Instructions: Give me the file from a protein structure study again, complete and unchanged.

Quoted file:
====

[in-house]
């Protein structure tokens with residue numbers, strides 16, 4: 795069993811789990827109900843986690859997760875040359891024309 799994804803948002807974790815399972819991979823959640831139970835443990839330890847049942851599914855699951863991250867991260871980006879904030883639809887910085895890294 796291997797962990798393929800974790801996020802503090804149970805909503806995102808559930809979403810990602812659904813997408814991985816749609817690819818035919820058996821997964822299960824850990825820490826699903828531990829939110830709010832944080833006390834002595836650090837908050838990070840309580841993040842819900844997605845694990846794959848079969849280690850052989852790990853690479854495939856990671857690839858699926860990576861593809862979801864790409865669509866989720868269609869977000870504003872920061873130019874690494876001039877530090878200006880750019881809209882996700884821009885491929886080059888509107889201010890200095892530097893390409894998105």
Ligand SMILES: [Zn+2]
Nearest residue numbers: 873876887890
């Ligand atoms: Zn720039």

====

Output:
[in-house]
């Protein structure tokens with residue numbers, strides 16, 4: 795069993811789990827109900843986690859997760875040359891024309 799994804803948002807974790815399972819991979823959640831139970835443990839330890847049942851599914855699951863991250867991260871980006879904030883639809887910085895890294 796291997797962990798393929800974790801996020802503090804149970805909503806995102808559930809979403810990602812659904813997408814991985816749609817690819818035919820058996821997964822299960824850990825820490826699903828531990829939110830709010832944080833006390834002595836650090837908050838990070840309580841993040842819900844997605845694990846794959848079969849280690850052989852790990853690479854495939856990671857690839858699926860990576861593809862979801864790409865669509866989720868269609869977000870504003872920061873130019874690494876001039877530090878200006880750019881809209882996700884821009885491929886080059888509107889201010890200095892530097893390409894998105």
Ligand SMILES: [Zn+2]
Nearest residue numbers: 873876887890
């Ligand atoms: Zn720039």